Seven Lamar University undergraduate and four graduate computer science students are taking on the role of teacher this week as they lead a workshop to teach K-12 school teachers fundamental computing concepts and help the teachers develop curriculum materials for the coming year.

The free one-week workshop targets K-12 teachers who teach computer science, science, technology and math.  The workshop introduces teachers from across Southeast Texas to fundamental computing concepts where they are learning Snap!, a freely available teaching tool. Snap! allows users to learn fundamental programming concepts by using drag and drop tiles to create a program where instructions correspond to standard statements in a production-oriented programming language such as Java, C++ and C#.  During the workshop, the teachers will develop curriculum materials for the subjects they will teach in the following semesters with the help of Lamar’s workshop tutors, who are computer science undergraduate students.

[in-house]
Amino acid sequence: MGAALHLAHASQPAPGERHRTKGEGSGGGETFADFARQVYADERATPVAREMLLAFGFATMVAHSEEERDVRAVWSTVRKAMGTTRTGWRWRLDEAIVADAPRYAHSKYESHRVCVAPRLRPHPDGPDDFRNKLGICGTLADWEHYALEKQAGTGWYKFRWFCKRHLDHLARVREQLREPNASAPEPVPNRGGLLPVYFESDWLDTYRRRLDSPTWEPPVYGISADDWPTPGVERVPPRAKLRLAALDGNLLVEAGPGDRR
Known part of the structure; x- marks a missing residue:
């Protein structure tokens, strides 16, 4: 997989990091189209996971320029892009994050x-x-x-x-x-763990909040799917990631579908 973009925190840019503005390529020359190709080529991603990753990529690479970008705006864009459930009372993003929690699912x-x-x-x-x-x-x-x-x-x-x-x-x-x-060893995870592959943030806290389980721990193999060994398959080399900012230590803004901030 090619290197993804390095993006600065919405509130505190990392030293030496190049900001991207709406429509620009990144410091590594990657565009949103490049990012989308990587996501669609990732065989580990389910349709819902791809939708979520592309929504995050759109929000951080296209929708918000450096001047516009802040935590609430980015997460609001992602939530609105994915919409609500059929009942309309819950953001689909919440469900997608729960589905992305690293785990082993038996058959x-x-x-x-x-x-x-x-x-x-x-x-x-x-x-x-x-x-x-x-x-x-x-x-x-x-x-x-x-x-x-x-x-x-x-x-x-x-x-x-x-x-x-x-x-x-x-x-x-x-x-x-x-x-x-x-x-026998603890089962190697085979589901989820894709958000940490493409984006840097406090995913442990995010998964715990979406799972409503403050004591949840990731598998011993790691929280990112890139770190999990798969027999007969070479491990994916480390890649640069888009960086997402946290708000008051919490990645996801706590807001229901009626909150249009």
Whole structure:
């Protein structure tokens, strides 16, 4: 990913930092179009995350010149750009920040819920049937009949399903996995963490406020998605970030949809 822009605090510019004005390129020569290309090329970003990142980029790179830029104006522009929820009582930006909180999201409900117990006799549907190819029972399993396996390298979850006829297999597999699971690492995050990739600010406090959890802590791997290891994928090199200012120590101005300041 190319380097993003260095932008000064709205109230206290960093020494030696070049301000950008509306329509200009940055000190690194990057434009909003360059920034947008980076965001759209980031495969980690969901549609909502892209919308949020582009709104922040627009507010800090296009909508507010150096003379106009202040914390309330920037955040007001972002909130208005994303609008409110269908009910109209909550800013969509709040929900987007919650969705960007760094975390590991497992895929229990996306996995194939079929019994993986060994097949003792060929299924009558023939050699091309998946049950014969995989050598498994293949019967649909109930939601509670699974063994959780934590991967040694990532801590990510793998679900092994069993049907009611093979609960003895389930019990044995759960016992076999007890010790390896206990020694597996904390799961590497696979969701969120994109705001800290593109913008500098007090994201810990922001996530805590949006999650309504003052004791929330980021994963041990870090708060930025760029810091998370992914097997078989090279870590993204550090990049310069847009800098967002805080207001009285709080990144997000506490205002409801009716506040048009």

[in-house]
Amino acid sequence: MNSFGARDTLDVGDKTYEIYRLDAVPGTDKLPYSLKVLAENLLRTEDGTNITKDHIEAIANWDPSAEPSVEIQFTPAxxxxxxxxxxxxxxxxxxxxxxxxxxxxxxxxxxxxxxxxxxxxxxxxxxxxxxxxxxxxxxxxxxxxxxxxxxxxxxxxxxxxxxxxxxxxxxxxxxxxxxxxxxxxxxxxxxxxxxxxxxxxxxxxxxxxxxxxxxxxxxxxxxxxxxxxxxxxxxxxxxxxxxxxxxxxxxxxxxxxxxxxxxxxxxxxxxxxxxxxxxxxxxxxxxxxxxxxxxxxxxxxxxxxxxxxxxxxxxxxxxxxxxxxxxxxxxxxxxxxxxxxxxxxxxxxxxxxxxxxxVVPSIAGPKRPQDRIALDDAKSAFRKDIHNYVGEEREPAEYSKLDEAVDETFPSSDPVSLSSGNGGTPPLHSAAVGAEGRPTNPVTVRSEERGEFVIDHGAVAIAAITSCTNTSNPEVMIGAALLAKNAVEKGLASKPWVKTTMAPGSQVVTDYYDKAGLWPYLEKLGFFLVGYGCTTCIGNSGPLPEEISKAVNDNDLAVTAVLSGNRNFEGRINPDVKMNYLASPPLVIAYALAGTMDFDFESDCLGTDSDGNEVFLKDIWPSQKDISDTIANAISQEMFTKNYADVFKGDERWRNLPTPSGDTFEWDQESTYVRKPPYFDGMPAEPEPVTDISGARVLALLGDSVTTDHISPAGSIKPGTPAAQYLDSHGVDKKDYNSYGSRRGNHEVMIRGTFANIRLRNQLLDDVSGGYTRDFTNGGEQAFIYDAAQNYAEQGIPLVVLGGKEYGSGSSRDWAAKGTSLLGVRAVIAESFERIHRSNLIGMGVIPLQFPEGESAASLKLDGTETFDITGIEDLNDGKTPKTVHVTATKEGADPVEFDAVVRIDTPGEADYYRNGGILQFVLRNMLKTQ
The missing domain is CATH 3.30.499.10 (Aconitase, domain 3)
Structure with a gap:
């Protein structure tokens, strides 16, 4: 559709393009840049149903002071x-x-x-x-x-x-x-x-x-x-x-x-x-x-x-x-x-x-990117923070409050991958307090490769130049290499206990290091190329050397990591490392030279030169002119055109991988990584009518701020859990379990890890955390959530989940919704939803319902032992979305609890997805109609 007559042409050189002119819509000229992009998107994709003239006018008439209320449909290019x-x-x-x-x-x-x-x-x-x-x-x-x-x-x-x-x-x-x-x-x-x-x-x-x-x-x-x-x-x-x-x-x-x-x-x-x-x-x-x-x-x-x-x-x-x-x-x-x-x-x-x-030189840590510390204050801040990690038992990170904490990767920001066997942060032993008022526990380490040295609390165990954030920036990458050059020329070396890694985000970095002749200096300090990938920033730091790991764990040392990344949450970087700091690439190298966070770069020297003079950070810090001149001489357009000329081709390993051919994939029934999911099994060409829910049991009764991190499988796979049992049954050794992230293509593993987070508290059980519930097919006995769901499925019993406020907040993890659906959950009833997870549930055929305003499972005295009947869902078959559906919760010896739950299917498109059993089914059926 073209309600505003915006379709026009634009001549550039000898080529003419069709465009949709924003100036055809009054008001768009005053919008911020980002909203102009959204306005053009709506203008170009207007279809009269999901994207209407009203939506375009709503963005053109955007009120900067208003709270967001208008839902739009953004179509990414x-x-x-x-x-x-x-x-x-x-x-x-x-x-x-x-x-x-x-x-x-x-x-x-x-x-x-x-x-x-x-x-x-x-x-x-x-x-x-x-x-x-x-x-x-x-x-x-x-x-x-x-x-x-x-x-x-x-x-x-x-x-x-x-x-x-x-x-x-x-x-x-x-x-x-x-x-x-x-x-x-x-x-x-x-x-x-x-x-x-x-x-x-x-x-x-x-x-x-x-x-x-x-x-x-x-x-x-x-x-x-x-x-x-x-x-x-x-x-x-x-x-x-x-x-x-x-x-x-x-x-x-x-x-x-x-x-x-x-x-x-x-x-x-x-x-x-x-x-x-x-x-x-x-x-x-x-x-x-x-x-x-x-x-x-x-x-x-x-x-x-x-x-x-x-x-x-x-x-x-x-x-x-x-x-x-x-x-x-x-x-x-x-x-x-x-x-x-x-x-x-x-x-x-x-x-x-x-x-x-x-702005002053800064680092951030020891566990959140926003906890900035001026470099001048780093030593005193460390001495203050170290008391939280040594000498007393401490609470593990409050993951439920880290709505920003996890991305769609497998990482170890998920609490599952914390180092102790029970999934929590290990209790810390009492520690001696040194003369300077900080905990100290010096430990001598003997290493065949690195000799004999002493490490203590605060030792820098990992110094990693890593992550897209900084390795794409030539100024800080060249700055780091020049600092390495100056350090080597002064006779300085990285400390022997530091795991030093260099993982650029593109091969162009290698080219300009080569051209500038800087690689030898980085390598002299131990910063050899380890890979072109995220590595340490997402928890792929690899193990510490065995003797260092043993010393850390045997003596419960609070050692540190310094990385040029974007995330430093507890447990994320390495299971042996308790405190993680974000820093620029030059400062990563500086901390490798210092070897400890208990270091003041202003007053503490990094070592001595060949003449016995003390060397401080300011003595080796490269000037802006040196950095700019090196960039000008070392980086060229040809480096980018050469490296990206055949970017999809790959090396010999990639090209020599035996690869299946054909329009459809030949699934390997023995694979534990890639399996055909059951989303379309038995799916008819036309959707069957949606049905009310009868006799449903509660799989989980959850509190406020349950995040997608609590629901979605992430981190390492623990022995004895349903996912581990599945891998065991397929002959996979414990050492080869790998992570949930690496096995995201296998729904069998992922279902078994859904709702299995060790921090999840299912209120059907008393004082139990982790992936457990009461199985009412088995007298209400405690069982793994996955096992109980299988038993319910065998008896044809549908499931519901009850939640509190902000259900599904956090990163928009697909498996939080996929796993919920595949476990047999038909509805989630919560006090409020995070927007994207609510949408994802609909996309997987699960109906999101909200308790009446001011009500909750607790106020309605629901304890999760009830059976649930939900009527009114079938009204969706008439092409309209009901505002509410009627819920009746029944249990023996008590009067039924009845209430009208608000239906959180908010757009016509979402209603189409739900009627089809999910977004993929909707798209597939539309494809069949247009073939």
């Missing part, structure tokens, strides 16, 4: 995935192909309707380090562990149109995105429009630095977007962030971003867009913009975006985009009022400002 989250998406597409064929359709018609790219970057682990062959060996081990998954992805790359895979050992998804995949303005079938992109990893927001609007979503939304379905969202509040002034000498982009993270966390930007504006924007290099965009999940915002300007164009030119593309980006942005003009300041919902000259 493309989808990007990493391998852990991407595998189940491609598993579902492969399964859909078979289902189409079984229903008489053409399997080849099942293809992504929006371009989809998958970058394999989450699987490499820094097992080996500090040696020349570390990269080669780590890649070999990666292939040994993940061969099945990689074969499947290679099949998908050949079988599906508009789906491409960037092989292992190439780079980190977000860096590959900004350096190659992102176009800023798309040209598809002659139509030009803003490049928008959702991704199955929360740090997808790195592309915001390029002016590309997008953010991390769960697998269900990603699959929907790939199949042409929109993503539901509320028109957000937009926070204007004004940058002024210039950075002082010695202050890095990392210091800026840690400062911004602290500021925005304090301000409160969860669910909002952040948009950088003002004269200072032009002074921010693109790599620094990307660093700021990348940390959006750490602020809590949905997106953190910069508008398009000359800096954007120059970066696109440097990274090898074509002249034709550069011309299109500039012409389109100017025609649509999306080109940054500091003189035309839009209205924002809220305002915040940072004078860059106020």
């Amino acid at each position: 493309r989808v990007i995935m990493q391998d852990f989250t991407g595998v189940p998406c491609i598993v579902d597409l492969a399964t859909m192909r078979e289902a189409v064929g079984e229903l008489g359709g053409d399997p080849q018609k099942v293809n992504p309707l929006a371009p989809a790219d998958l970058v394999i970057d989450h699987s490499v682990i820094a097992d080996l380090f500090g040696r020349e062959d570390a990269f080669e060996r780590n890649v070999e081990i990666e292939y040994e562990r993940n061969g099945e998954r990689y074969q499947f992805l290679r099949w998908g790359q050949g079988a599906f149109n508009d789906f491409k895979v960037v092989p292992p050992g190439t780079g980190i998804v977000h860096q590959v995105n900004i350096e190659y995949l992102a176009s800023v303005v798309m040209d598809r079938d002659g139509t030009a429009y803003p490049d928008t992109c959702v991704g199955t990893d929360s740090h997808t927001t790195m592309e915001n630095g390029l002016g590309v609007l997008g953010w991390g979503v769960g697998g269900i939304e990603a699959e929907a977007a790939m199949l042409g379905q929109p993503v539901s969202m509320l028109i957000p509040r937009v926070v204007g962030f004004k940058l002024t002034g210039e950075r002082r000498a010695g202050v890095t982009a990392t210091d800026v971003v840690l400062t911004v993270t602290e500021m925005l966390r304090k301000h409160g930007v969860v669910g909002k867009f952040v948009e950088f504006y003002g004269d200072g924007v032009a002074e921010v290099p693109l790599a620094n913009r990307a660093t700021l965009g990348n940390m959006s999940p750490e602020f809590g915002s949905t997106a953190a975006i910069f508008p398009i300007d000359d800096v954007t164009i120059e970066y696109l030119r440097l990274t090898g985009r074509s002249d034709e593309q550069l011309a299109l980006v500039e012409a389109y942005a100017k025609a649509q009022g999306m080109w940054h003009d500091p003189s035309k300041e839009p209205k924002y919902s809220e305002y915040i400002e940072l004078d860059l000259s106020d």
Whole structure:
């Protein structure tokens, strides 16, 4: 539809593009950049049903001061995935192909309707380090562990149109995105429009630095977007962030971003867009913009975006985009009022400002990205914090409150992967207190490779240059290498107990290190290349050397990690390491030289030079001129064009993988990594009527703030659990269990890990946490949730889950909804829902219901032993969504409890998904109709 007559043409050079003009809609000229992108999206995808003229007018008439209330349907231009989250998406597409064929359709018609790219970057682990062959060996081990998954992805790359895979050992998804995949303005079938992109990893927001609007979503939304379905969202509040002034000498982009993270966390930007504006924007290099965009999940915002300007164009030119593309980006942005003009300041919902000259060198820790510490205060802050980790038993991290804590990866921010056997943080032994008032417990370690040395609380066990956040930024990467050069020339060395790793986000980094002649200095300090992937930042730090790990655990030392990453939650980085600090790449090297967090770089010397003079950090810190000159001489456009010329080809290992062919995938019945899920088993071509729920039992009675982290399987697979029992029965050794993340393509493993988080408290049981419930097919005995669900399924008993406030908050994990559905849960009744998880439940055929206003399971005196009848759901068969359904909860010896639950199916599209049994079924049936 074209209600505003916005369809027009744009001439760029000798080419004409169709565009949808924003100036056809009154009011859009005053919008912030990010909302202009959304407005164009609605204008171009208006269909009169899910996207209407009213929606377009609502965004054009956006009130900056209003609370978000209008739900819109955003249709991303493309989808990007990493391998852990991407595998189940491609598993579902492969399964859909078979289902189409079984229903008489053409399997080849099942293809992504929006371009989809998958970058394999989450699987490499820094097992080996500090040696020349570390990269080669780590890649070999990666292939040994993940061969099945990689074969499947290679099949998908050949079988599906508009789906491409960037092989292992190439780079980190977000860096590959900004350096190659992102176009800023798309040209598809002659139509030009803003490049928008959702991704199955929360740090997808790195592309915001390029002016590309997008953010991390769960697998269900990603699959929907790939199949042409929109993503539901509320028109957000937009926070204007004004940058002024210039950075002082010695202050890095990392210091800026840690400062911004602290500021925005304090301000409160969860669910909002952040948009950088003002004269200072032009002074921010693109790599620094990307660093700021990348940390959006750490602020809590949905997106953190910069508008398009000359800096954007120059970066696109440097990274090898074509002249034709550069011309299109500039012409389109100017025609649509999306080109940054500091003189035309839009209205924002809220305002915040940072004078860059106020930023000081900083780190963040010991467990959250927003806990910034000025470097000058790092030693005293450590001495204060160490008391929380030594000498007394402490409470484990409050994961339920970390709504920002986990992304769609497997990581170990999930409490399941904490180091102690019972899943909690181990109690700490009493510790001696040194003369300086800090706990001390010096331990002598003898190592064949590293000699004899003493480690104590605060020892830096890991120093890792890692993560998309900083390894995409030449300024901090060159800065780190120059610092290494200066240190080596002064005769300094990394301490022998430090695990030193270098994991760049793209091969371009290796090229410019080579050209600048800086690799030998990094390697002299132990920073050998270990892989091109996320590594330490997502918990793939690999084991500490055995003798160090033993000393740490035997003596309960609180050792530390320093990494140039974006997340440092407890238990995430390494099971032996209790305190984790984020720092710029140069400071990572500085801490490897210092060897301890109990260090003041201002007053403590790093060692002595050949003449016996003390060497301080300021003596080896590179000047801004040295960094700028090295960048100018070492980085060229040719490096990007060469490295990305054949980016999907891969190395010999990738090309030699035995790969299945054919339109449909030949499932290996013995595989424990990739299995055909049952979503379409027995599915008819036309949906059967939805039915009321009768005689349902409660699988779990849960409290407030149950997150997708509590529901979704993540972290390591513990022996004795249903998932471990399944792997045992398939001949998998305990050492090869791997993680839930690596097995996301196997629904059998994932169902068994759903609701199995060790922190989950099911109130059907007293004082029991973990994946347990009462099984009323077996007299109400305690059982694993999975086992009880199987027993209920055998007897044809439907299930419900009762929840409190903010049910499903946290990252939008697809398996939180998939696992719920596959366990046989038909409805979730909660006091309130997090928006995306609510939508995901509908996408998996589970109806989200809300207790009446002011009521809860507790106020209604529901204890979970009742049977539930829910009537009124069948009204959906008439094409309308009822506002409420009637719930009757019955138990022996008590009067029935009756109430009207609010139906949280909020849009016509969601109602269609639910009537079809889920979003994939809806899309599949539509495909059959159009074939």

Student tutors for the workshop are Hannah Leleux of Bridge City, and Shane Granger of Orange.

The workshop, which began Monday and continues through Friday, is sponsored by the Lamar University Department of Computer Science and the National Science Foundation. Jane Liu, associate professor of computer science at LU, organized the event, which takes place on the Lamar University campus.

Students leading the sessions are undergraduate research assistants with Liu’s High Performance Computing Lab (HPCL) at LU.  Student tutors are with the HPCL and STAIRSTEP programs. Both programs are funded by NSF at Lamar and intend to increase the number of students graduating in computer science and related fields.  This workshop will be offered each summer through 2015.

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